26 July 2017 by Dispute Resolution Alert

Vagueness of a contract does not necessarily mean you can walk away or does it?

It is truly astonishing how often businessmen conduct their affairs, involving at times huge financial interests, on the strength of crude and vague agreements and then rely on hope, good spirits, bona fides and commercial expediency to make such agreements work.” The quoted text is the introduction to the Supreme Court of Appeal’s judgment in the matter of Hangar and others v Robertson [2017] JOL 37735 (SCA). 

During June 2006, the respondent (JR) in the matter entered into an agreement with the appellants in terms of which he would provide services as a consultant to the company of the appellants. The parties believed the respondent could achieve a significant improvement in the company’s profitability. As a consequence thereof, the parties recorded the terms of their agreement in a document. The disputed clause in the agreement insofar as this matter was concerned reads as follows:

JR basic expenses will be reasonably covered, approx. R5,000 per week. 

JR will be entitled to 10% of the PBT exceeding R10 million per financial year. This will exclude abnormal income or expenditure (eg sale of assets, abnormal bonus payments). 

JR will be entitled to 10% of the net increase in the value of the company ie of the value in excess of R24 million. This will only be awarded at the time when value is realised, for example when the business is sold. 

JR will be given the option to purchase up to 10% of the shares in the company, based on the current “value” of R24 million, and such option will remain open until 30 June 2009.

As at 30 June 2009, JR had not taken up the option to acquire a shareholding in the appellants’ company. Thereafter, he received legal advice that the option had lapsed and could no longer be exercised. JR had, however, rendered his services as a consultant, and the company’s value had substantially increased from the initially agreed value of R24 million when the contract had commenced. As a result, JR sought to exercise the disputed clause which entitled him to 10% of that net increase in the company’s value. In addition, he claimed payment of 10% of the company’s profit before tax for the years 2009 and 2010 up to the date his services ceased (22 December 2009).

The appellants raised various arguments to the interpretation of the disputed clause and stated that regard must be given to all preceding correspondence which led to the signing of the June 2006 document. The appellants contended, among other things, that the share option and the disputed clause were ultimately agreed to be alternative and not cumulative forms of remuneration. According to the appellants’ views, the parties had always been of a mind that the disputed clause and the share option were alternative provisions. JR disputed this.

The court a quo made, among other findings, the following decision:

An order declaring the First, Second and Third Defendants liable jointly to pay to the Plaintiff 10% of any excess by which the value of the Fourth Defendant as a termination of the agreement on 22 December 2009 (calculated as the net profit before tax of the Fourth Defendant for the financial year ending on 30 June 2010, excluding any abnormal items of income or expenditure, multiplied by four), exceeded the sum of R24,000,000, such payment becoming due when either the Fourth Defendant disposes of its business or the First, Second and/or Third Defendants dispose of or realise their direct or indirect interest in the Fourth Defendant, whichever shall occur first; …”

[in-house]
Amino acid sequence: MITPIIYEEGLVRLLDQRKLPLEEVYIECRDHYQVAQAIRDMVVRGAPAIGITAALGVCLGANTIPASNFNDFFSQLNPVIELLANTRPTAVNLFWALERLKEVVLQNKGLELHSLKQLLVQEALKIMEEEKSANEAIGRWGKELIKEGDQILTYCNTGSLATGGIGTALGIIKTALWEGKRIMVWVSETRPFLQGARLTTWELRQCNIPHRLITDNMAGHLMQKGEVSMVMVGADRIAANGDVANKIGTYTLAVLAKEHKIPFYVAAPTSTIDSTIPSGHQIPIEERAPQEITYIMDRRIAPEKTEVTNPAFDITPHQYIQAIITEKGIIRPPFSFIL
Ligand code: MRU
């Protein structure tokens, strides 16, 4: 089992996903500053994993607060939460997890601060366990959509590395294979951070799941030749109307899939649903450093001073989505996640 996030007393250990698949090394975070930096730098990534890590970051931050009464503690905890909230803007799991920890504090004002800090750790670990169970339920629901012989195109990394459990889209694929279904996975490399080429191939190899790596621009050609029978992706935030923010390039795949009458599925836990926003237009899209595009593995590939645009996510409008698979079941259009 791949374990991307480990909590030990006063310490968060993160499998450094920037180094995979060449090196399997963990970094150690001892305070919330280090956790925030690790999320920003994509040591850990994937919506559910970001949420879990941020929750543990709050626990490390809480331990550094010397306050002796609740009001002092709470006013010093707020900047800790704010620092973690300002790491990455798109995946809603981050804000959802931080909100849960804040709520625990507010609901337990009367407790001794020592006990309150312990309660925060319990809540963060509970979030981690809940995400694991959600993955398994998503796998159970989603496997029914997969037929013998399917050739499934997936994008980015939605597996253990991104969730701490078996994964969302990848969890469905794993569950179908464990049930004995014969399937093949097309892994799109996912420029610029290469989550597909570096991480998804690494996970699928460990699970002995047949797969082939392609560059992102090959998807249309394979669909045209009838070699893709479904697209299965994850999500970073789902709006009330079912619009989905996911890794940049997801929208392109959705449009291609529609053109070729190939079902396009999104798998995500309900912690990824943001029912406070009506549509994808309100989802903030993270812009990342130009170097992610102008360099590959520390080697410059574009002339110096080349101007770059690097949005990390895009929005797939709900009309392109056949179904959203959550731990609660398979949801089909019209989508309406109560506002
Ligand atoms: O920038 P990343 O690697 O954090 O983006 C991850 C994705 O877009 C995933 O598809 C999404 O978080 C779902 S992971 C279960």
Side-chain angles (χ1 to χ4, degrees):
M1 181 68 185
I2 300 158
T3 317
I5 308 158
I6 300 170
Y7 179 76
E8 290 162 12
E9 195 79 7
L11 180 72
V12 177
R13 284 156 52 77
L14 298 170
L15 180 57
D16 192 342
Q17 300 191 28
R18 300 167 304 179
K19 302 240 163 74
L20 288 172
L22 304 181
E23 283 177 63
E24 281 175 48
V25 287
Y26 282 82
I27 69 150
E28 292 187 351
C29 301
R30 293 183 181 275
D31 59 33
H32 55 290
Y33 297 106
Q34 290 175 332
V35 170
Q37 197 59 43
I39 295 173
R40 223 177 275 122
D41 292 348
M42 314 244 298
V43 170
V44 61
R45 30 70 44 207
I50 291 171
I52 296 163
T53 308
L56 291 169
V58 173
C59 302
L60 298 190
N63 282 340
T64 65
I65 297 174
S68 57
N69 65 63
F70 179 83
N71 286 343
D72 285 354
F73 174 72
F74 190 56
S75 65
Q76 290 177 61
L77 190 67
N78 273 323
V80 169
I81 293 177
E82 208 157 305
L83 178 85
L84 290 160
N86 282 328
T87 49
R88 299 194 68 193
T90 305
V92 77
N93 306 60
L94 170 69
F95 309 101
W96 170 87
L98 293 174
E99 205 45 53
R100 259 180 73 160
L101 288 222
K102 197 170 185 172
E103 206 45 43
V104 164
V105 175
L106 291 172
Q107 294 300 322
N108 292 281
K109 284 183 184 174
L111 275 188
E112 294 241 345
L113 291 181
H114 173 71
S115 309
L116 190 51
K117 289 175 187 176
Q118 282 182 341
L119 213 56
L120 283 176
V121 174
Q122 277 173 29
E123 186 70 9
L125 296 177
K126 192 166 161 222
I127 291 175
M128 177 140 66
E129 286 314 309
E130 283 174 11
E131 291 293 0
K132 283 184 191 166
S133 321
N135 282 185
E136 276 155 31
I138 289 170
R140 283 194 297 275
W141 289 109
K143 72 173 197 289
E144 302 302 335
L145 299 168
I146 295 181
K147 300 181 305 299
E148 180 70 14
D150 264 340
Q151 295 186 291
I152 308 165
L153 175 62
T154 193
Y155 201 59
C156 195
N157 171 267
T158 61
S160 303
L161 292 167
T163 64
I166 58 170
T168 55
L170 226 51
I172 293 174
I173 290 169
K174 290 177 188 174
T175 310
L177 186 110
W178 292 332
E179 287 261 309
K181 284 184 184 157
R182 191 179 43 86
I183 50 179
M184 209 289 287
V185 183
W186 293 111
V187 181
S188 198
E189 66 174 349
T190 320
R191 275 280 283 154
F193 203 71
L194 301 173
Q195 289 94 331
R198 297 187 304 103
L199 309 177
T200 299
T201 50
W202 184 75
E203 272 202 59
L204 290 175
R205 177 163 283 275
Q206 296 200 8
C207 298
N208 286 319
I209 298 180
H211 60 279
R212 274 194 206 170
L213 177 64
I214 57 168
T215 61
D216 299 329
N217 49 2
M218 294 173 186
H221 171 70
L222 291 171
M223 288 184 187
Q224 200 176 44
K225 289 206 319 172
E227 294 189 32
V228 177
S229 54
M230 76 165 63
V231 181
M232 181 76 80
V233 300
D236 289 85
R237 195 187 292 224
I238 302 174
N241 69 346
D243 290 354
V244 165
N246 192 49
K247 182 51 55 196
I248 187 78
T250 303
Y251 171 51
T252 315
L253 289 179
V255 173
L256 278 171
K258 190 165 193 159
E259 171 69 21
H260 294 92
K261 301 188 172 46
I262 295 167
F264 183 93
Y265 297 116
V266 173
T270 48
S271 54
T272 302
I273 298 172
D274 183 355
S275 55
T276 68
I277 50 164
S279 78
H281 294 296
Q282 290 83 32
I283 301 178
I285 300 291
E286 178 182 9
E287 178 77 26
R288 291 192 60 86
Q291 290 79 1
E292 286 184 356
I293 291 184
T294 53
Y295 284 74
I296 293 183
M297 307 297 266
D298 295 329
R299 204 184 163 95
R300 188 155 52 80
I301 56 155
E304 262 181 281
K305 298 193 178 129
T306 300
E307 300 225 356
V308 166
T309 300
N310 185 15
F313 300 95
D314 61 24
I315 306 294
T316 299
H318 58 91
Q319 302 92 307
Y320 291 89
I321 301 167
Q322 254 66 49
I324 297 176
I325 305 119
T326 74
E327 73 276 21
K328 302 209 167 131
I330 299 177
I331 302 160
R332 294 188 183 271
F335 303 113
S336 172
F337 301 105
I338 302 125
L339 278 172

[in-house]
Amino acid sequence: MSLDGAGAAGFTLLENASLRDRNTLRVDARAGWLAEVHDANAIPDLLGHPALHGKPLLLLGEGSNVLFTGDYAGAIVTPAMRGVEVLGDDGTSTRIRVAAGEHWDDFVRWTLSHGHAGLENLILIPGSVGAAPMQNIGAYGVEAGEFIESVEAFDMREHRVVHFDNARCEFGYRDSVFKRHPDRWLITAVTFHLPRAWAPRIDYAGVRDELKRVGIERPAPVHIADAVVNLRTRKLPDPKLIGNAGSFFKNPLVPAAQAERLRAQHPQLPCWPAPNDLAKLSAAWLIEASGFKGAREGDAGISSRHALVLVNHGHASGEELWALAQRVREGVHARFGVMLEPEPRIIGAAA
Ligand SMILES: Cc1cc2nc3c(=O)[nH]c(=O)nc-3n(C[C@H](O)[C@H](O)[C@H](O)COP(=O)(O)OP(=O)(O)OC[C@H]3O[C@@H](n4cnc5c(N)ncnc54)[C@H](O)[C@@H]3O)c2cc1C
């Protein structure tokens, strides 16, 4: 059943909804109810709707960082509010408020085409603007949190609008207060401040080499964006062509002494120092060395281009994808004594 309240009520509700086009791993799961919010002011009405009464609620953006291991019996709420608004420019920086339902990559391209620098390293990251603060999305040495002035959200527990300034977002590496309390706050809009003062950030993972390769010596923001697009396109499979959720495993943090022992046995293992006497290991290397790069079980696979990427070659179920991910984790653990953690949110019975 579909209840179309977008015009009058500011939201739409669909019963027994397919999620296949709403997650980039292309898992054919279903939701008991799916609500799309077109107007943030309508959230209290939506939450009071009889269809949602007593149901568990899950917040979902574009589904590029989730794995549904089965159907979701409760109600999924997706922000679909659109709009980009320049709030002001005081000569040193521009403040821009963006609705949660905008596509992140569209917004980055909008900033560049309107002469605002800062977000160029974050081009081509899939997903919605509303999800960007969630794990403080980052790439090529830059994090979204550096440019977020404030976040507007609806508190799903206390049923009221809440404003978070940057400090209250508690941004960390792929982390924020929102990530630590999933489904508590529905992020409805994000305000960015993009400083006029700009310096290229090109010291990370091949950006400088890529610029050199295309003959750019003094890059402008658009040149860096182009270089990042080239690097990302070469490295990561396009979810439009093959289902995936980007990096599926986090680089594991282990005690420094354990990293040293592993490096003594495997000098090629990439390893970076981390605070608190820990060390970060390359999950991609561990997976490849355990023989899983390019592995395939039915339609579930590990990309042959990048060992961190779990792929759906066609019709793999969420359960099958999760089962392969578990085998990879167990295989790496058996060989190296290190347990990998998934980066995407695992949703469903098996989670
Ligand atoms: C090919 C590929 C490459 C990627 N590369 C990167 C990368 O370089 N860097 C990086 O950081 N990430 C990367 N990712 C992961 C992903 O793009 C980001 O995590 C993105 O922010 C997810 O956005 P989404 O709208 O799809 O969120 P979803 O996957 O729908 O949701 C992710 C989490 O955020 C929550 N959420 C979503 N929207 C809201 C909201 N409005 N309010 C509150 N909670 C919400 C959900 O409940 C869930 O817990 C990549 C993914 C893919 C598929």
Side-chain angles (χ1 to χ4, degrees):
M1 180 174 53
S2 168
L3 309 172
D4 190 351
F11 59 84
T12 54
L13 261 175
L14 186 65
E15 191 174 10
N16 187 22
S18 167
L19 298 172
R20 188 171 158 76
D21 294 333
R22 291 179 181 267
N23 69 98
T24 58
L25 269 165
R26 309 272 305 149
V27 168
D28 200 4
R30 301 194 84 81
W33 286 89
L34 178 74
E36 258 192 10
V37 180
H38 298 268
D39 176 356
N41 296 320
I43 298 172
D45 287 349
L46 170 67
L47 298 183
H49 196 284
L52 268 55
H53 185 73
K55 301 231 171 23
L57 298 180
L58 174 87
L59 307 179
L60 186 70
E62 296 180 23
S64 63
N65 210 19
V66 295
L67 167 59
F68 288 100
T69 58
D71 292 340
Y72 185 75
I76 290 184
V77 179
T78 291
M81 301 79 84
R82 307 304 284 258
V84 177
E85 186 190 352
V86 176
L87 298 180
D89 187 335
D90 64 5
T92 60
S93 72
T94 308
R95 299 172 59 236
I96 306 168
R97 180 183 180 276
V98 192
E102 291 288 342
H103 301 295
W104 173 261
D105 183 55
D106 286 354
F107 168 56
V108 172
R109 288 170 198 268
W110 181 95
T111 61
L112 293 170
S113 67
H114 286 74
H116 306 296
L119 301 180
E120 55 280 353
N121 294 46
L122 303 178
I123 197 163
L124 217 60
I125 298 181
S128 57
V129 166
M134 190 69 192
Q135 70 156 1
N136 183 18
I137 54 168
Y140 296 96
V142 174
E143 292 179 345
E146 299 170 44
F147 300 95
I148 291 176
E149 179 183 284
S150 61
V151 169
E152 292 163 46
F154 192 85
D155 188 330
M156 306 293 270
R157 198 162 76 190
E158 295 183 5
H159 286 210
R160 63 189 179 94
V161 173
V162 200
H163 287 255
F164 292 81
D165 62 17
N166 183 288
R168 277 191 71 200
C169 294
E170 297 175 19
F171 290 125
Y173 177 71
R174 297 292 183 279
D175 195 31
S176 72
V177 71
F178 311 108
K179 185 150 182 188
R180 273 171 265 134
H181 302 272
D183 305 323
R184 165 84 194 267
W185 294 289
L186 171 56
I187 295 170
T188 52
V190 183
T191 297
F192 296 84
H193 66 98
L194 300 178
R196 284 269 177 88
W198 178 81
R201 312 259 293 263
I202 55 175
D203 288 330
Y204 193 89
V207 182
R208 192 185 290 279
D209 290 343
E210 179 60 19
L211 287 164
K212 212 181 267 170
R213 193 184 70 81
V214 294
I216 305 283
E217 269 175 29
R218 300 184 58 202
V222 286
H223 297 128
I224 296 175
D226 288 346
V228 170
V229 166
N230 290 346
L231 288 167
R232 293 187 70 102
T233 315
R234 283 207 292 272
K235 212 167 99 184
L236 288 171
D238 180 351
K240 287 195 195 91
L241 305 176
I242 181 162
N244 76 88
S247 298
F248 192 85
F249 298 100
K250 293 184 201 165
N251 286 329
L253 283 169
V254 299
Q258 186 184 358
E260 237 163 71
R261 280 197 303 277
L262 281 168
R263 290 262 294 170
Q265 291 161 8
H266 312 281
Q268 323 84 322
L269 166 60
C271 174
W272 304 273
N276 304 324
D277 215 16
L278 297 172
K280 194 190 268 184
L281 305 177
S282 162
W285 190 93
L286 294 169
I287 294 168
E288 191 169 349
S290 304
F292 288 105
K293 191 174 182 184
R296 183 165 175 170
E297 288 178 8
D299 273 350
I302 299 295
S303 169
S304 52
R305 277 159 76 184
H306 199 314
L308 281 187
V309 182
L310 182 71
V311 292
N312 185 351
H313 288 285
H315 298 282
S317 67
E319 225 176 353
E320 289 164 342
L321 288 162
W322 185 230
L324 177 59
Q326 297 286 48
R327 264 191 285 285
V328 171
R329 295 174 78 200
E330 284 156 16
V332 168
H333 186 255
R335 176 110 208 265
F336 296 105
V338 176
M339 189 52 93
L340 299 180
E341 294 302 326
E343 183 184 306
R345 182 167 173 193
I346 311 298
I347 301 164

The Supreme Court of Appeal (SCA) summarised the dispute between the parties as the interpretation and effect of a vague clause contained in a consultancy agreement as to whether the respondent would be entitled to 10% of the net increase in the company over R24 million “only to be awarded at the time value is realised, eg when the business is sold”.

The SCA dismissed the appeal. In reaching its judgment, the court highlighted that a commercial contract seriously executed by parties with the intention of being bound thereby should not lightly be held to be unenforceable because they failed to express themselves as clearly as they could have done.

Furthermore, it held that the context in which a contract is concluded is often of great importance. It is often said that, in the interpretation of a contract, context is everything. Disputed words have to be considered in light of the relevant and admissible context, including the circumstances under which the contract came into being. In this matter, for example, the correspondence exchanged between the parties prior to the conclusion of the agreement was an important part of the admissible factual matrix. 

A contract may be loosely worded but that does not necessarily mean that it is unenforceable and that you can walk away from it when it suits you. You need to consider the intention of the parties upon the conclusion of the agreement, which will include having regard to the intention of the parties leading up to agreeing to the terms and conditions. To avoid or limit the interpretation of a contract, parties must carefully review the terms and conditions put down in writing as, ultimately, the contract will be the starting block in any dispute and may lead to your demise.

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